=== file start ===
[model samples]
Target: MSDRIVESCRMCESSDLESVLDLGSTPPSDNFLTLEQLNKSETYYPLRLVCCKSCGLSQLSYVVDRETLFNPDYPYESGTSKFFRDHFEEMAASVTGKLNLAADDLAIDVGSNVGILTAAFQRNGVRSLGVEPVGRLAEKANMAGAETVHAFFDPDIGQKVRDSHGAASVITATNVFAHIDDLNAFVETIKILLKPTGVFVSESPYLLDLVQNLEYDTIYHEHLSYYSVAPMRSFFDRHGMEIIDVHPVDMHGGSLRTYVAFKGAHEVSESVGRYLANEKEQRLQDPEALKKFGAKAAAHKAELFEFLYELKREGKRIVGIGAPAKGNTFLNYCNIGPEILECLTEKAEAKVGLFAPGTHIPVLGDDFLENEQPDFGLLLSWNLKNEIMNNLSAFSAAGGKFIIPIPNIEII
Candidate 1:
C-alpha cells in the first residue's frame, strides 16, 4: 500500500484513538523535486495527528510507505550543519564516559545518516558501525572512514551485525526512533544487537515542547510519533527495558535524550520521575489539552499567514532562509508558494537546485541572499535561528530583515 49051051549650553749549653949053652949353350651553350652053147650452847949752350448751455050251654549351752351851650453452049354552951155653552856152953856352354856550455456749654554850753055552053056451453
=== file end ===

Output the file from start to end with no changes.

[model samples]
Target: MSDRIVESCRMCESSDLESVLDLGSTPPSDNFLTLEQLNKSETYYPLRLVCCKSCGLSQLSYVVDRETLFNPDYPYESGTSKFFRDHFEEMAASVTGKLNLAADDLAIDVGSNVGILTAAFQRNGVRSLGVEPVGRLAEKANMAGAETVHAFFDPDIGQKVRDSHGAASVITATNVFAHIDDLNAFVETIKILLKPTGVFVSESPYLLDLVQNLEYDTIYHEHLSYYSVAPMRSFFDRHGMEIIDVHPVDMHGGSLRTYVAFKGAHEVSESVGRYLANEKEQRLQDPEALKKFGAKAAAHKAELFEFLYELKREGKRIVGIGAPAKGNTFLNYCNIGPEILECLTEKAEAKVGLFAPGTHIPVLGDDFLENEQPDFGLLLSWNLKNEIMNNLSAFSAAGGKFIIPIPNIEII
Candidate 1:
C-alpha cells in the first residue's frame, strides 16, 4: 500500500484513538523535486495527528510507505550543519564516559545518516558501525572512514551485525526512533544487537515542547510519533527495558535524550520521575489539552499567514532562509508558494537546485541572499535561528530583515 49051051549650553749549653949053652949353350651553350652053147650452847949752350448751455050251654549351752351851650453452049354552951155653552856152953856352354856550455456749654554850753055552053056451453